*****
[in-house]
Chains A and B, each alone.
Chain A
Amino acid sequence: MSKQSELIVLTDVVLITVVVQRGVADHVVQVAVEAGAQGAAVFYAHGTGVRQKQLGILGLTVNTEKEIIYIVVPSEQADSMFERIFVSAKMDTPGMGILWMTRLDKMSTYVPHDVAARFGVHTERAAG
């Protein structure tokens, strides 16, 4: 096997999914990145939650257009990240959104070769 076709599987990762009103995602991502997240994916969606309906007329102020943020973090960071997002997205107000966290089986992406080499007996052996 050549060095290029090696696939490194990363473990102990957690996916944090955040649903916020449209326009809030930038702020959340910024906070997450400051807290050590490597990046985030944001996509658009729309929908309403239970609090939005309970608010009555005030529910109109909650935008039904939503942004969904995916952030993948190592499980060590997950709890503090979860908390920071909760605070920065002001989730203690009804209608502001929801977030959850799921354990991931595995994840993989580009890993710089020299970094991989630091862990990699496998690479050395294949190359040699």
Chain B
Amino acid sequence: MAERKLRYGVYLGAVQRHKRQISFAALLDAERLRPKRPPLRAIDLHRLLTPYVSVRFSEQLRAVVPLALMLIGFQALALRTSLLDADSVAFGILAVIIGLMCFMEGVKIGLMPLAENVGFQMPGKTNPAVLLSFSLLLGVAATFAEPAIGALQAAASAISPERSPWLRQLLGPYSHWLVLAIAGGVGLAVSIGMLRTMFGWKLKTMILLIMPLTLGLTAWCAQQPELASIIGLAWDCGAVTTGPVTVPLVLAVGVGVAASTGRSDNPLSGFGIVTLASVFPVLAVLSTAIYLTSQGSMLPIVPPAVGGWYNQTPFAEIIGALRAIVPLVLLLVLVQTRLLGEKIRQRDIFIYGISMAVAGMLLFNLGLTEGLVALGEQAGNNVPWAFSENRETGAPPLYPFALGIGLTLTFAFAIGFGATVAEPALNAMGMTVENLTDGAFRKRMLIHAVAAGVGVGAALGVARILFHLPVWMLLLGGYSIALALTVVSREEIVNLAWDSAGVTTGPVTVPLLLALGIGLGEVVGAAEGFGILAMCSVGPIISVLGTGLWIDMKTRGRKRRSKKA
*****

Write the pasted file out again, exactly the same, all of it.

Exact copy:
[in-house]
Chains A and B, each alone.
Chain A
Amino acid sequence: MSKQSELIVLTDVVLITVVVQRGVADHVVQVAVEAGAQGAAVFYAHGTGVRQKQLGILGLTVNTEKEIIYIVVPSEQADSMFERIFVSAKMDTPGMGILWMTRLDKMSTYVPHDVAARFGVHTERAAG
């Protein structure tokens, strides 16, 4: 096997999914990145939650257009990240959104070769 076709599987990762009103995602991502997240994916969606309906007329102020943020973090960071997002997205107000966290089986992406080499007996052996 050549060095290029090696696939490194990363473990102990957690996916944090955040649903916020449209326009809030930038702020959340910024906070997450400051807290050590490597990046985030944001996509658009729309929908309403239970609090939005309970608010009555005030529910109109909650935008039904939503942004969904995916952030993948190592499980060590997950709890503090979860908390920071909760605070920065002001989730203690009804209608502001929801977030959850799921354990991931595995994840993989580009890993710089020299970094991989630091862990990699496998690479050395294949190359040699």
Chain B
Amino acid sequence: MAERKLRYGVYLGAVQRHKRQISFAALLDAERLRPKRPPLRAIDLHRLLTPYVSVRFSEQLRAVVPLALMLIGFQALALRTSLLDADSVAFGILAVIIGLMCFMEGVKIGLMPLAENVGFQMPGKTNPAVLLSFSLLLGVAATFAEPAIGALQAAASAISPERSPWLRQLLGPYSHWLVLAIAGGVGLAVSIGMLRTMFGWKLKTMILLIMPLTLGLTAWCAQQPELASIIGLAWDCGAVTTGPVTVPLVLAVGVGVAASTGRSDNPLSGFGIVTLASVFPVLAVLSTAIYLTSQGSMLPIVPPAVGGWYNQTPFAEIIGALRAIVPLVLLLVLVQTRLLGEKIRQRDIFIYGISMAVAGMLLFNLGLTEGLVALGEQAGNNVPWAFSENRETGAPPLYPFALGIGLTLTFAFAIGFGATVAEPALNAMGMTVENLTDGAFRKRMLIHAVAAGVGVGAALGVARILFHLPVWMLLLGGYSIALALTVVSREEIVNLAWDSAGVTTGPVTVPLLLALGIGLGEVVGAAEGFGILAMCSVGPIISVLGTGLWIDMKTRGRKRRSKKA